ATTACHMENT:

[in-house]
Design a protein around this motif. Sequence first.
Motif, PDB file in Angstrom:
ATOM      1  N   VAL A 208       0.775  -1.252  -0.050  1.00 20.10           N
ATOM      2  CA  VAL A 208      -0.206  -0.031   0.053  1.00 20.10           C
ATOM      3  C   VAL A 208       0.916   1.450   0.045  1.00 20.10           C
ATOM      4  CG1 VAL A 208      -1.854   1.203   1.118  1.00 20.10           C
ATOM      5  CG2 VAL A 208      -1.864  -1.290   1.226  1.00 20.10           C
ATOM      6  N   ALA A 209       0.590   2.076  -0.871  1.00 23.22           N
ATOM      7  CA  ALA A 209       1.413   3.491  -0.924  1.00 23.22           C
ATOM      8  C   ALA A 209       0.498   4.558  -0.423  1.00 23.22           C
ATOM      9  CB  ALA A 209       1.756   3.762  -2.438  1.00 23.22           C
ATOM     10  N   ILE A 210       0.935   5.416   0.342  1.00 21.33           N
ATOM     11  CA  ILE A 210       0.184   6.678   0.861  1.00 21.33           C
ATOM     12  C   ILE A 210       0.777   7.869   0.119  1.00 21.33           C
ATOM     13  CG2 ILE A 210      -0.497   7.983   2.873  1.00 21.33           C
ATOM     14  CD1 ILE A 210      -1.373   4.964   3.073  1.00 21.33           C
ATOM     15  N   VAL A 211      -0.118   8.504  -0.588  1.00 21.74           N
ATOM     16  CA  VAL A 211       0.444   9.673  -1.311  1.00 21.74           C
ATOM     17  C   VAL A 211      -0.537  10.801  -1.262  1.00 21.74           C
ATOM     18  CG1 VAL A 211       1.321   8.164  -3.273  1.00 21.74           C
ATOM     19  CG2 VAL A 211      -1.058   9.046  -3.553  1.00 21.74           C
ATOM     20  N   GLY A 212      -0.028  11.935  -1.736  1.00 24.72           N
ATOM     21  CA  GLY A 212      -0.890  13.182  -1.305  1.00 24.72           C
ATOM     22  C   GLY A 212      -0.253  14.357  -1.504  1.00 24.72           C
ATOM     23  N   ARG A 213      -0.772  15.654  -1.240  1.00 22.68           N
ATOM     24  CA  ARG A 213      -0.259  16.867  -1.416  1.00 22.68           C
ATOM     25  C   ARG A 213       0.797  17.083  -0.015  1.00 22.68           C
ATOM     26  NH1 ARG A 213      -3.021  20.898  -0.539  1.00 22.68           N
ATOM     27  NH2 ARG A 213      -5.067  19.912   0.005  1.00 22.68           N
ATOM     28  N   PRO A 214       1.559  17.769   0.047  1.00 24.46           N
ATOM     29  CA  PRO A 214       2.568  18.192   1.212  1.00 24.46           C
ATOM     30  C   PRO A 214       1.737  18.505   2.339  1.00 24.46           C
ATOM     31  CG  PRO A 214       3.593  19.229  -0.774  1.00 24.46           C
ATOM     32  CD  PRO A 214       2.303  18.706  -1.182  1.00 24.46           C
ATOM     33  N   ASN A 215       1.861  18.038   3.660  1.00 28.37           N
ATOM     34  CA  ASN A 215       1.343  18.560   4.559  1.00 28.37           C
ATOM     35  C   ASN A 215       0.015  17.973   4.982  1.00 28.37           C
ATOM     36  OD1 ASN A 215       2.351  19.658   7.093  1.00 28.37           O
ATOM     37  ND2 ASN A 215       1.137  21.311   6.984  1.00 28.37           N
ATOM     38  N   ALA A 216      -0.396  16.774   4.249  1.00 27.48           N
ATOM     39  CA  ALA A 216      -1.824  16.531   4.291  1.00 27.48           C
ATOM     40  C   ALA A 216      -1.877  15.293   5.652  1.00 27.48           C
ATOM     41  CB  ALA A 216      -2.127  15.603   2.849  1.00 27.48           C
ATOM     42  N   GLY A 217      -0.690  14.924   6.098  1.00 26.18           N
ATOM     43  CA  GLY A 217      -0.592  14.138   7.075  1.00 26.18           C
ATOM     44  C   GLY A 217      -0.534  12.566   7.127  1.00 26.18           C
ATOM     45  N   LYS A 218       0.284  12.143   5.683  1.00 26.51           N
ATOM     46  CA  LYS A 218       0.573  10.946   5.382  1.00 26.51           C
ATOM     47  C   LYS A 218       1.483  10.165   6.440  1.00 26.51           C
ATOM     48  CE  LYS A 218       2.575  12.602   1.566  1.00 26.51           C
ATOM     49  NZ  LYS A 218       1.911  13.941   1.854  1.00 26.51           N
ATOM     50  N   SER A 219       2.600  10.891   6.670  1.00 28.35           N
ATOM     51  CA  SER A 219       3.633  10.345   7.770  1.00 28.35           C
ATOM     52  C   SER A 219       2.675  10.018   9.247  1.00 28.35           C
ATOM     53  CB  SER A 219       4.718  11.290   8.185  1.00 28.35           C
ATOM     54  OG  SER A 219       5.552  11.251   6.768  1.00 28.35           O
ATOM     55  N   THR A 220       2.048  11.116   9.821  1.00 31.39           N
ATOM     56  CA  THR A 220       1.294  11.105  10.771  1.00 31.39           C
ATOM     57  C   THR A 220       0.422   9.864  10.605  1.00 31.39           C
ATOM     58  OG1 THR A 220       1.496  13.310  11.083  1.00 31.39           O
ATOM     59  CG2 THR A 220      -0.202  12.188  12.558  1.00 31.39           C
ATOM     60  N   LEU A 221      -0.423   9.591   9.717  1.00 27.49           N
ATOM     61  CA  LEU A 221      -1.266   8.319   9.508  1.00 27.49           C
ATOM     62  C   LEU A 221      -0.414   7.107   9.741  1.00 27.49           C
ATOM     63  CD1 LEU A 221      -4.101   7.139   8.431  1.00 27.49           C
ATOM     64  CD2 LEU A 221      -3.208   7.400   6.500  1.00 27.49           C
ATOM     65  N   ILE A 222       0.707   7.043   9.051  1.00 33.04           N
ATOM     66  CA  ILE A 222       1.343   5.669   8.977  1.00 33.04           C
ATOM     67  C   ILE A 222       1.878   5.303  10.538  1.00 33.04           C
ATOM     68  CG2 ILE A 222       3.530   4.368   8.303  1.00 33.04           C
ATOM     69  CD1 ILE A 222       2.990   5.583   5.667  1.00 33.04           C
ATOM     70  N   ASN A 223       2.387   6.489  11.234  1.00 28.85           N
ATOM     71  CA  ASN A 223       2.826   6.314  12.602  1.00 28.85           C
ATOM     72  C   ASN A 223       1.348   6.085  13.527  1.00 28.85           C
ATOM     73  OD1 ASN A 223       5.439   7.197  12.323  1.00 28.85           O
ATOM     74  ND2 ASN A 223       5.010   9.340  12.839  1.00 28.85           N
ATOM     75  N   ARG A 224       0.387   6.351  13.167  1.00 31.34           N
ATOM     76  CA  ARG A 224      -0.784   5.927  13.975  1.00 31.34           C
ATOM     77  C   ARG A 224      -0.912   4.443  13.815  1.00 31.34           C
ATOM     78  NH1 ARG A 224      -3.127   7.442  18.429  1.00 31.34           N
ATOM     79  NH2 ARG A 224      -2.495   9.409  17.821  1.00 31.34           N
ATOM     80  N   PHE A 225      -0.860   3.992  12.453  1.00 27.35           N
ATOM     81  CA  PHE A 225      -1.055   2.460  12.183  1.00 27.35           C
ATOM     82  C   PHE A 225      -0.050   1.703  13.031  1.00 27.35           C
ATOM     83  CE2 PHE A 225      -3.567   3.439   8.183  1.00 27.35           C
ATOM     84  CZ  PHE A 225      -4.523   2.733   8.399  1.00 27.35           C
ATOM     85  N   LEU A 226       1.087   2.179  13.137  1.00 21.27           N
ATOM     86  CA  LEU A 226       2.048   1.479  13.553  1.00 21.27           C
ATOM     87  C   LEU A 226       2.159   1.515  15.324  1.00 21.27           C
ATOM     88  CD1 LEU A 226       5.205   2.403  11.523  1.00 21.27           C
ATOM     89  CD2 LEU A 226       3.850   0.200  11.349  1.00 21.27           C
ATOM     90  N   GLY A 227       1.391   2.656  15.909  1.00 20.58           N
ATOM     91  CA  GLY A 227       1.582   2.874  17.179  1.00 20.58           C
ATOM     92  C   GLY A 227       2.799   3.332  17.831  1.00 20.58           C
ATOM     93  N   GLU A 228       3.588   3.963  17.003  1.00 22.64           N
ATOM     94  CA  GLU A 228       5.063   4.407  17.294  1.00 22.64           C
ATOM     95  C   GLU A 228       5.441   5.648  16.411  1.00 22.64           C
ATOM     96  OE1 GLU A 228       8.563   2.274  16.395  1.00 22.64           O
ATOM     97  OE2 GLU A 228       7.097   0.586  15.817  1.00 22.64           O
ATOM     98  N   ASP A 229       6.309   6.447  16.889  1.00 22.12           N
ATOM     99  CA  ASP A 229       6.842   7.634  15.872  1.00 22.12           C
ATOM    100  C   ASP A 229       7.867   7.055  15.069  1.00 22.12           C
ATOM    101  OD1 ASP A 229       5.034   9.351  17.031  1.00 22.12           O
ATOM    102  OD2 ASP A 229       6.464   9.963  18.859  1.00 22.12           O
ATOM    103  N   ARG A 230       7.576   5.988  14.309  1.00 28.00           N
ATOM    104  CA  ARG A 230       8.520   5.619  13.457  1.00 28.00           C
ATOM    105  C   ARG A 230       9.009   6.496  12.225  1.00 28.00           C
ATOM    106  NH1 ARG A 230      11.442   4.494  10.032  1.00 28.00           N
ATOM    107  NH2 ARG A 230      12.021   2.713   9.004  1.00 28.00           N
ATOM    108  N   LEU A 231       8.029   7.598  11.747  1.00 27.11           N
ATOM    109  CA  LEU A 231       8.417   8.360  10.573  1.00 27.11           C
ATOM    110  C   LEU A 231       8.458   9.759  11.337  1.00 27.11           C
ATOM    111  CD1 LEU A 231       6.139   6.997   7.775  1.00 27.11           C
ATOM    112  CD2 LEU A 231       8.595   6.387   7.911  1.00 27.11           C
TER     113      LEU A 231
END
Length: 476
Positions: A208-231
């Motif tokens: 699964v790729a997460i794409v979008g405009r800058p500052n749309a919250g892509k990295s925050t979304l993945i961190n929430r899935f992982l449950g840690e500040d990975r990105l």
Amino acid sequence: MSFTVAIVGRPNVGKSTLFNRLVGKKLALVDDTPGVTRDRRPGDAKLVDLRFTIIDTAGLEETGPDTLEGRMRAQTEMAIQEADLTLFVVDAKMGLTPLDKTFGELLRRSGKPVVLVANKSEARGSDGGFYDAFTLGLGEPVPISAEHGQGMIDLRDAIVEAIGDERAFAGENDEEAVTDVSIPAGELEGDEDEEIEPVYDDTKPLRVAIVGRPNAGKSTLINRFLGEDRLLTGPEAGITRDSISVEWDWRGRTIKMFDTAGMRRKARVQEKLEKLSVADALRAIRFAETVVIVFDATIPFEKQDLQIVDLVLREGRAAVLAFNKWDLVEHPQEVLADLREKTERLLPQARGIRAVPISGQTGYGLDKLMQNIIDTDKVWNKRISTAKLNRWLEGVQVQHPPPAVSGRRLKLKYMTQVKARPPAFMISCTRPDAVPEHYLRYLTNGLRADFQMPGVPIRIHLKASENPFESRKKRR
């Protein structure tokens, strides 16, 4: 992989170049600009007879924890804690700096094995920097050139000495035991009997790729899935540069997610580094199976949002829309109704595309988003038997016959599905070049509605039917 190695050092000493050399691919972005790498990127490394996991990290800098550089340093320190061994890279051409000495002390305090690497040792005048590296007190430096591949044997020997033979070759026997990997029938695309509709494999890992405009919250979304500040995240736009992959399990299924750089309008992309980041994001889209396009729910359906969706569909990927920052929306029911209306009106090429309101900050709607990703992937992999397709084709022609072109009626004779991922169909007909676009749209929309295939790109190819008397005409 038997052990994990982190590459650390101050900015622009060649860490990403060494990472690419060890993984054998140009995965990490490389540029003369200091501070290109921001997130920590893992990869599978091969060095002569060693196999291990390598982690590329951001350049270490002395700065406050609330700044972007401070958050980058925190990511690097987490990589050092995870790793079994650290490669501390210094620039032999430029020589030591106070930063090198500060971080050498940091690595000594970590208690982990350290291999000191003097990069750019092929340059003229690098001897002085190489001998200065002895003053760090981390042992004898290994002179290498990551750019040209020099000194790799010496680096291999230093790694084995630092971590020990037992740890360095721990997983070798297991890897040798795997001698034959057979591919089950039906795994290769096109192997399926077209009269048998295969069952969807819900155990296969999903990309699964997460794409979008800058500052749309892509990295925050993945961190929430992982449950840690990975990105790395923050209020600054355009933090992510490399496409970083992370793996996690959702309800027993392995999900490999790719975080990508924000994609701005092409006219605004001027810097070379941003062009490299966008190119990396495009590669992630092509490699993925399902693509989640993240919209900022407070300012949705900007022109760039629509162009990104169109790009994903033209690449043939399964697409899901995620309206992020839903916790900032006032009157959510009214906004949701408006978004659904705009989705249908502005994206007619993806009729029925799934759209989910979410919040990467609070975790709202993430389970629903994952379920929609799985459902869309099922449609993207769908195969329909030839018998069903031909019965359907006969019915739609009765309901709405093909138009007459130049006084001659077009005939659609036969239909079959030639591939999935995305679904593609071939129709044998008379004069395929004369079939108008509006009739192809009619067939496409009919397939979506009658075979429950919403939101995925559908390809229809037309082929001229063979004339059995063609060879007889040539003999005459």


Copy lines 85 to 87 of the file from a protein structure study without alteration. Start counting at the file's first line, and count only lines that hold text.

ATOM     82  C   PHE A 225      -0.050   1.703  13.031  1.00 27.35           C
ATOM     83  CE2 PHE A 225      -3.567   3.439   8.183  1.00 27.35           C
ATOM     84  CZ  PHE A 225      -4.523   2.733   8.399  1.00 27.35           C